The Priority of Description in Developmental Psychology

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The central argument of the paper is that serious descriptive work needs to be done in developmental psychology. Insofar as the most basic agenda of the discipline is to describe the child's mind and how it changes, then there are significant ways in which neither Piaget nor many of his successors have carried out this agenda. Piaget aimed to carry it out, but instead imposed an adult grid on the children's behaviour and introduced other arbitrary assumptions about how they think. Contemporary research seems, on the other hand, to address the next stage of analysis. It seeks to establish when specific pregiven competencies really do first appear and through what mechanisms they might develop. Alternative guidelines for research are proposed that, although not replacements for existing practices, aim more directly at identifying essential constituent features of the child's mental reality. These guidelines are organised around the observation and analysis of developmental change, an emphasis absent from much of contemporary work, although present in Piaget. By contrast with Piaget (and contemporary research), however, the guidelines build in fewer presuppositions about where development is headed and the categories in terms of which it is to be viewed. These features are, rather, the outcome of investigation.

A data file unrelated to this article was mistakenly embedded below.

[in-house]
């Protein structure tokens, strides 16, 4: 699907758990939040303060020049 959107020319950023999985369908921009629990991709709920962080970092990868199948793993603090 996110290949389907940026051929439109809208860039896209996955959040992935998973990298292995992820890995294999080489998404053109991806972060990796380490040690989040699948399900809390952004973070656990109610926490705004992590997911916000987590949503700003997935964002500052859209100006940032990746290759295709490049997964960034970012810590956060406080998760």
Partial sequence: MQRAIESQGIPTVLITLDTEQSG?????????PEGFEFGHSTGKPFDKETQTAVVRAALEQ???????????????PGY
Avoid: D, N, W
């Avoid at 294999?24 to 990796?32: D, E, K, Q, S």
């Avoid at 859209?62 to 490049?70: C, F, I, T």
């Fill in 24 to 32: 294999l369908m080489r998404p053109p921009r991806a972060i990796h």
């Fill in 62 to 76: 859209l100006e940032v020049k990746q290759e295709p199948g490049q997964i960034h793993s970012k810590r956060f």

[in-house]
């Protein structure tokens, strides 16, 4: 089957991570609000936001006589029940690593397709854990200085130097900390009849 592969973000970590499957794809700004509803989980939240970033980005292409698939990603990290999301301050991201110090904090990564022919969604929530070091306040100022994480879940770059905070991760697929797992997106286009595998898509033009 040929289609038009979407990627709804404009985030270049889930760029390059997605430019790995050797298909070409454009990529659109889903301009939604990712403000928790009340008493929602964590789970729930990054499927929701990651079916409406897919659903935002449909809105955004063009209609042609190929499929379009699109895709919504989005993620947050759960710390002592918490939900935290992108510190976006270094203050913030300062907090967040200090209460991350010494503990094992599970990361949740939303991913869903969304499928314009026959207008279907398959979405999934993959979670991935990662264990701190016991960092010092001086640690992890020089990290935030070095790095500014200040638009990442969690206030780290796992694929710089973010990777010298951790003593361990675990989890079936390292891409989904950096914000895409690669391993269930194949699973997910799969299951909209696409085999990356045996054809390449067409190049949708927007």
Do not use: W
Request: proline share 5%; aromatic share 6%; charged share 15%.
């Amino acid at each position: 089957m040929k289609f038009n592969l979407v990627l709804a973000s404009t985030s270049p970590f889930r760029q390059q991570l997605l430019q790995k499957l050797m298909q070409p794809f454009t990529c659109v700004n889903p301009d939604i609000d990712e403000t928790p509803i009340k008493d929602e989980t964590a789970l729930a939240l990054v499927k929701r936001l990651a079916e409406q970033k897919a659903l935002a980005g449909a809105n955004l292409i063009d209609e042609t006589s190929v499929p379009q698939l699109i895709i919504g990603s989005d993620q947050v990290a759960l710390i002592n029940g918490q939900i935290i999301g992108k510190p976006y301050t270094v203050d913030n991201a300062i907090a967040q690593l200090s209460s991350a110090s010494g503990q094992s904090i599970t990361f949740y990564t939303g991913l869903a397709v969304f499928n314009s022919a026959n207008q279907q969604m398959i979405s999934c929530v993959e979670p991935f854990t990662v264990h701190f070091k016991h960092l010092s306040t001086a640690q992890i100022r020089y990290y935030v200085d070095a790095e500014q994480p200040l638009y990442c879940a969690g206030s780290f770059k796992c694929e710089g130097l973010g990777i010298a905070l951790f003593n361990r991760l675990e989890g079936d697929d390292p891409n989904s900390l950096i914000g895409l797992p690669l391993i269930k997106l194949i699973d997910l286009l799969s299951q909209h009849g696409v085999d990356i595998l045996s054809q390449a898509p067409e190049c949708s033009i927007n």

Original languageEnglish (US)
Pages (from-to)391-414
Number of pages24
JournalInternational Journal of Behavioral Development
Issue number4
StatePublished - Dec 1987

All Science Journal Classification (ASJC) codes

  • Social Psychology
  • Education
  • Developmental and Educational Psychology
  • Social Sciences (miscellaneous)
  • Developmental Neuroscience
  • Life-span and Life-course Studies


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